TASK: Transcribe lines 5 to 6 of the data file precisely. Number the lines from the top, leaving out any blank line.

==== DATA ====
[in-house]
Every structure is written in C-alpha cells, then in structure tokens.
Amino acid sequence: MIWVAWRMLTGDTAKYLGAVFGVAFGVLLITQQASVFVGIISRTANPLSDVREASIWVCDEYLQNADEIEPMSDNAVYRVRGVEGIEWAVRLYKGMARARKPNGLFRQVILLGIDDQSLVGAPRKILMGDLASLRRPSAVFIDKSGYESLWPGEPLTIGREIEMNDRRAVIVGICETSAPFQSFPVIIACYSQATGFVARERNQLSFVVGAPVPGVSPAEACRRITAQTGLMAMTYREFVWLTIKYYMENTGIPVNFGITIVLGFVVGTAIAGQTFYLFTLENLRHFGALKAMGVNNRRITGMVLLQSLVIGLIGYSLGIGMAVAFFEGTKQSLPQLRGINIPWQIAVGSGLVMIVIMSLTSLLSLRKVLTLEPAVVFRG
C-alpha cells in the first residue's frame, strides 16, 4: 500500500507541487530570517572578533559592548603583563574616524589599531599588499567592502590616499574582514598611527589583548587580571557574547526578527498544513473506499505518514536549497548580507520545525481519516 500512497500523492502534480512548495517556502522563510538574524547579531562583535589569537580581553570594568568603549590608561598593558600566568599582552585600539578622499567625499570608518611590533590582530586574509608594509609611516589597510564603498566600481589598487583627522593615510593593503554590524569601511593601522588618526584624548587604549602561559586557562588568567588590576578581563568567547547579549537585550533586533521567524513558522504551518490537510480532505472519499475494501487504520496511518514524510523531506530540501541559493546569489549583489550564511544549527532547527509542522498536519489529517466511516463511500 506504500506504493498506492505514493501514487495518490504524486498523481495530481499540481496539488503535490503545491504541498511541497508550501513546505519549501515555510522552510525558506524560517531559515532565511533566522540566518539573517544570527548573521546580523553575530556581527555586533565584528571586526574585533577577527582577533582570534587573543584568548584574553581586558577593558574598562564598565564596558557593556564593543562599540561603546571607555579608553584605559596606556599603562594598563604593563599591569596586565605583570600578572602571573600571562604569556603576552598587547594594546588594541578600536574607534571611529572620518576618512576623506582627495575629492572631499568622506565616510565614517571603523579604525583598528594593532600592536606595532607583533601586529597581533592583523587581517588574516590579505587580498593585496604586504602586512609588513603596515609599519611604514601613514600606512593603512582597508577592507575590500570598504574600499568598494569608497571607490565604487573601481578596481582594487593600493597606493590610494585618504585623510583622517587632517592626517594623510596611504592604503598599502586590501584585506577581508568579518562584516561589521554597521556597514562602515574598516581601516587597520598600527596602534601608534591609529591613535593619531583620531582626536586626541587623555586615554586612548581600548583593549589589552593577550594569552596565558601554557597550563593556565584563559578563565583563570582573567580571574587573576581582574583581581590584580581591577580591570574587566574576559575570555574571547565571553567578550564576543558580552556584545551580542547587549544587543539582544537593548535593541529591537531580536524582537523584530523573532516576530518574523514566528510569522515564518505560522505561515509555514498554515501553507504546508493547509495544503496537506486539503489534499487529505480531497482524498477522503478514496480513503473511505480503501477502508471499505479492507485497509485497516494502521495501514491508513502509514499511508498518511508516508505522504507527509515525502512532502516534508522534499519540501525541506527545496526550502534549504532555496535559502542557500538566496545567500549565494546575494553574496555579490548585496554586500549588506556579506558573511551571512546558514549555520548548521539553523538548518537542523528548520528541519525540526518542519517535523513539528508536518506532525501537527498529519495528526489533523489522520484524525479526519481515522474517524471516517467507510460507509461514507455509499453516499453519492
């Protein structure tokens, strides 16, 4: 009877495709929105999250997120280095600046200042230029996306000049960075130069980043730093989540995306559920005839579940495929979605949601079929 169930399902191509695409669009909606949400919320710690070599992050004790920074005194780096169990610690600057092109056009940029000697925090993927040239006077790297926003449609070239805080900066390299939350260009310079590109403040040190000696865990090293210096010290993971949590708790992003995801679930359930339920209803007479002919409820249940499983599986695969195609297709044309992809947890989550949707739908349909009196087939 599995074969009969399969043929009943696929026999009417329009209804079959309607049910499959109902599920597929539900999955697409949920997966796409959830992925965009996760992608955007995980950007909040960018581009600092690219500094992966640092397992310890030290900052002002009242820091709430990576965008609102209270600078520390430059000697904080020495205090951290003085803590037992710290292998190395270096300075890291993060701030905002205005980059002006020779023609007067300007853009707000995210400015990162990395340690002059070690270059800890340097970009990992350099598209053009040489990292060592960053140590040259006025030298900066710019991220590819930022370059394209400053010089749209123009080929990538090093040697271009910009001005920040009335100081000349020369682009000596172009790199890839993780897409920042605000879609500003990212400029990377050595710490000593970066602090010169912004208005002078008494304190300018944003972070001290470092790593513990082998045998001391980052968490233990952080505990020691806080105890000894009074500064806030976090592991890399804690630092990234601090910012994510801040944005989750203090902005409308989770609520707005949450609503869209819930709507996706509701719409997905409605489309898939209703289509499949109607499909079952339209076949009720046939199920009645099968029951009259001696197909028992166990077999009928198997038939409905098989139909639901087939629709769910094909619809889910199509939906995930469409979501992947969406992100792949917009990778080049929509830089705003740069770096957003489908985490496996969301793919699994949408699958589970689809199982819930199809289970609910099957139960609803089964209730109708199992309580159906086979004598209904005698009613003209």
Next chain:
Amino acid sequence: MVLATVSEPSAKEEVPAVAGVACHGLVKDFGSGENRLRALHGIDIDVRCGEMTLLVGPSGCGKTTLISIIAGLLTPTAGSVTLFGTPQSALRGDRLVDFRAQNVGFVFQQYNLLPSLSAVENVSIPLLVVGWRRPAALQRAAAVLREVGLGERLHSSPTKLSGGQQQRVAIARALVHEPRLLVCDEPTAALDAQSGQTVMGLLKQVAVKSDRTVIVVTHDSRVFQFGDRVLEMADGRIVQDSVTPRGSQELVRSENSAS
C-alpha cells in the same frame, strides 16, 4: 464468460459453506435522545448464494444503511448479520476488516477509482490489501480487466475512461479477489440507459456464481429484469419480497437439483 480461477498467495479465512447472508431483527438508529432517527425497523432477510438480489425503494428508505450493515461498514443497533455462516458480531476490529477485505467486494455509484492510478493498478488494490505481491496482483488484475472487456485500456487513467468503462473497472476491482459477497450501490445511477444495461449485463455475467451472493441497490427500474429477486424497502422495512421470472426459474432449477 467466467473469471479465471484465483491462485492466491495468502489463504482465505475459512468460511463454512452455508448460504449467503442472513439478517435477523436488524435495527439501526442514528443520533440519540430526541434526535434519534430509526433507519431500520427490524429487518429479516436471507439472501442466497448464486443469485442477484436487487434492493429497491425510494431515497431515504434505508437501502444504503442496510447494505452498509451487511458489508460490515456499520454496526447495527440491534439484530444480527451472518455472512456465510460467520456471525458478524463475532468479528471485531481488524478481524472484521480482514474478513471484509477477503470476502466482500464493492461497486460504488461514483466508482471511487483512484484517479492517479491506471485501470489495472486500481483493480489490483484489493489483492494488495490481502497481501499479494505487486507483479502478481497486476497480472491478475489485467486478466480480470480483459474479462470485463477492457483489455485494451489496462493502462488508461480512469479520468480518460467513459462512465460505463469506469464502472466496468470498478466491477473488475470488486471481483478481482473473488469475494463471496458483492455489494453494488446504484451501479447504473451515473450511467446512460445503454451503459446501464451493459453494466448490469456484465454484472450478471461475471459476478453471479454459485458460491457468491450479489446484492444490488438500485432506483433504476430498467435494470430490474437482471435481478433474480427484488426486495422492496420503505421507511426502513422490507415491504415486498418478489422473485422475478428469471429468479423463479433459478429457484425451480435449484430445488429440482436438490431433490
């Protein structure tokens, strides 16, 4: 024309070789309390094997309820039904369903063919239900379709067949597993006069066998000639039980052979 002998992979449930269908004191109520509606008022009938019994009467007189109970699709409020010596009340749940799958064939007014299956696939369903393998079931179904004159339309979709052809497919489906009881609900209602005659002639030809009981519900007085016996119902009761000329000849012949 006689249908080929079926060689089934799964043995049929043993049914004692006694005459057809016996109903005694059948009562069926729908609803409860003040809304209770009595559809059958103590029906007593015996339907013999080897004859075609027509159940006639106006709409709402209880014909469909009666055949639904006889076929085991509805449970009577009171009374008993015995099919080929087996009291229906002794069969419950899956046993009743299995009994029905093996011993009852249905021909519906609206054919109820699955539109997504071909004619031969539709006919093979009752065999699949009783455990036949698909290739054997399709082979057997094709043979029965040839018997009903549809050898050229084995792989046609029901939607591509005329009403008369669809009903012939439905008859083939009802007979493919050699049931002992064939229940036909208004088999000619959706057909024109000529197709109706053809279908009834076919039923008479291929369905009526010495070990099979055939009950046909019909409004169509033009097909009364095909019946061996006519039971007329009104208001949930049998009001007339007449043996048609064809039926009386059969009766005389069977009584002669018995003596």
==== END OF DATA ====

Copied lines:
């Protein structure tokens, strides 16, 4: 009877495709929105999250997120280095600046200042230029996306000049960075130069980043730093989540995306559920005839579940495929979605949601079929 169930399902191509695409669009909606949400919320710690070599992050004790920074005194780096169990610690600057092109056009940029000697925090993927040239006077790297926003449609070239805080900066390299939350260009310079590109403040040190000696865990090293210096010290993971949590708790992003995801679930359930339920209803007479002919409820249940499983599986695969195609297709044309992809947890989550949707739908349909009196087939 599995074969009969399969043929009943696929026999009417329009209804079959309607049910499959109902599920597929539900999955697409949920997966796409959830992925965009996760992608955007995980950007909040960018581009600092690219500094992966640092397992310890030290900052002002009242820091709430990576965008609102209270600078520390430059000697904080020495205090951290003085803590037992710290292998190395270096300075890291993060701030905002205005980059002006020779023609007067300007853009707000995210400015990162990395340690002059070690270059800890340097970009990992350099598209053009040489990292060592960053140590040259006025030298900066710019991220590819930022370059394209400053010089749209123009080929990538090093040697271009910009001005920040009335100081000349020369682009000596172009790199890839993780897409920042605000879609500003990212400029990377050595710490000593970066602090010169912004208005002078008494304190300018944003972070001290470092790593513990082998045998001391980052968490233990952080505990020691806080105890000894009074500064806030976090592991890399804690630092990234601090910012994510801040944005989750203090902005409308989770609520707005949450609503869209819930709507996706509701719409997905409605489309898939209703289509499949109607499909079952339209076949009720046939199920009645099968029951009259001696197909028992166990077999009928198997038939409905098989139909639901087939629709769910094909619809889910199509939906995930469409979501992947969406992100792949917009990778080049929509830089705003740069770096957003489908985490496996969301793919699994949408699958589970689809199982819930199809289970609910099957139960609803089964209730109708199992309580159906086979004598209904005698009613003209």
Next chain: